“Hey, man, you alright?” Stupid.  One, don’t walk up to someone having some kind of nervous breakdown.  That never ends well.  They could just as easily attack you.  And Two, “You alright?”  I hate it when people say stupid crap to people.  He can’t see the creepy chick either.  Really not good.  She levels her raging eyes at the trucker and pushing on his chest sends him flying through the glass ten feet behind him.  The waitress screams and now runs for the door along with the cook.  I tried to tell them.

“Dad?! What’s going on?”

I go to grab the boy and get him out of here before he gets hurt too. “Come on kid, she’s going to hurt you too if you aren’t careful.”

The dad is in a puddle of tears by now. The lady looks at me and lets out a blood curdling scream that shatters all the windows in the place.  Scratch that, all the glass.  Police would find later that each glass, coffee pot, window, whatever made of glass is broken.  I pull the kid outside and look back.  She’s gone.

The kid pushes himself out of my hands and runs back inside to his dad. I follow back in as I start to hear sirens on their way.

“Kid, don’t go back in, she may still be in here.”

The guy on the floor mutters “Sh-sh-sheees g-g-gone…” Still a freakin mess but at least he’s talking.  Kind of.  Cops are here and run to the trucker out on the asphalt.  He’s moaning in pain, so at least he’s not dead.  At least there’s good news there.  More cops come in and see to the dad.  He’s not saying much more.  I try to say something to comfort the kid.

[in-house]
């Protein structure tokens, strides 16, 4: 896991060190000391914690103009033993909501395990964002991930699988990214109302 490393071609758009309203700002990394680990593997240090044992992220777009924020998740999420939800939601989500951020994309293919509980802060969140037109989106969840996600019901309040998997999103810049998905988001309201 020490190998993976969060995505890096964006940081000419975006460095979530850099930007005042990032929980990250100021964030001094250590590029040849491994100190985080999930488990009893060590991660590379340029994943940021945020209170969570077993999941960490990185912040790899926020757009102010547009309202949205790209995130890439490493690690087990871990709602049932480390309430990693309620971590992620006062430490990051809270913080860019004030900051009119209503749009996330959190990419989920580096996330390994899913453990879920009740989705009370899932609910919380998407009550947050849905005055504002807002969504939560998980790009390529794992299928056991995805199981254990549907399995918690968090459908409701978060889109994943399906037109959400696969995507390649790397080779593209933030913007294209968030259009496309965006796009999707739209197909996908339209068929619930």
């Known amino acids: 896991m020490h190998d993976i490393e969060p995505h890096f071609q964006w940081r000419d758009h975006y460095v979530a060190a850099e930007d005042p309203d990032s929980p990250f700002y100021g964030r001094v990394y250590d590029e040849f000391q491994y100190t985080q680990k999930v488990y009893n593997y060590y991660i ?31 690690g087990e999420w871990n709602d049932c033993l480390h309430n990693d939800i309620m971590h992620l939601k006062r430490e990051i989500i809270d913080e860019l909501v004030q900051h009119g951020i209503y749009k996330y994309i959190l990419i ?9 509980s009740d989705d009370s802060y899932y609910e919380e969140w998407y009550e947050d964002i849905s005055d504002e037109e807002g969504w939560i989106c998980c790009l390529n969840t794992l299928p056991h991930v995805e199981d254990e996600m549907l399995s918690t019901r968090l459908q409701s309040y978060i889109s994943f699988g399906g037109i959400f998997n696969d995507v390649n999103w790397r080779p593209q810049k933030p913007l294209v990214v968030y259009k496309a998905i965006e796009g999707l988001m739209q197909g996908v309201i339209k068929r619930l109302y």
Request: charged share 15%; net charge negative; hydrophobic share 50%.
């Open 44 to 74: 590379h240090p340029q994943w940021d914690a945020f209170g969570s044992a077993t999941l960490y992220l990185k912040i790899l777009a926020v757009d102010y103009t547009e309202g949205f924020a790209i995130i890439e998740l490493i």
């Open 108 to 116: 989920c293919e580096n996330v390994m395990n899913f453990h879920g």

“Don’t’ worry; they will be able to help your dad. He’ll be ok.”

He turns and looks at me. “What did you say?”

“They will be able to help him. Or at least get him to someone who can help.  You dad should be ok.”

“No, you said she’s going to hurt you too.”

Shit.

“I did?”

“Yeah, you did. You saw her too.  My dad sees her some times and crazy stuff starts to happen, but not everyone sees her too.  You did though, didn’t you?”

“Yeah, I did. You didn’t?”

“Not all the time. It’s my mom.  She doesn’t always hurt people or break things.  When my dad sees her though, things go wrong.”

Looks like I found what I was looking for after all. I’m just glad I didn’t get thrown out of a window this time when I found it.

“Don’t worry kid; I think I can help out with this. It’s kinda something I do.  What’s your name?”

“Kyle. Who are you?”

“My name’s Nora. Kyle, I think I’ve been looking for you and your dad for quite a while.”

I had a good sense that these two were haunted by the dead spirit of the kid’s mom, Dana. I guess in a sense they were, but I would find out later, the actual story is always better than what I can ever come up with on my own.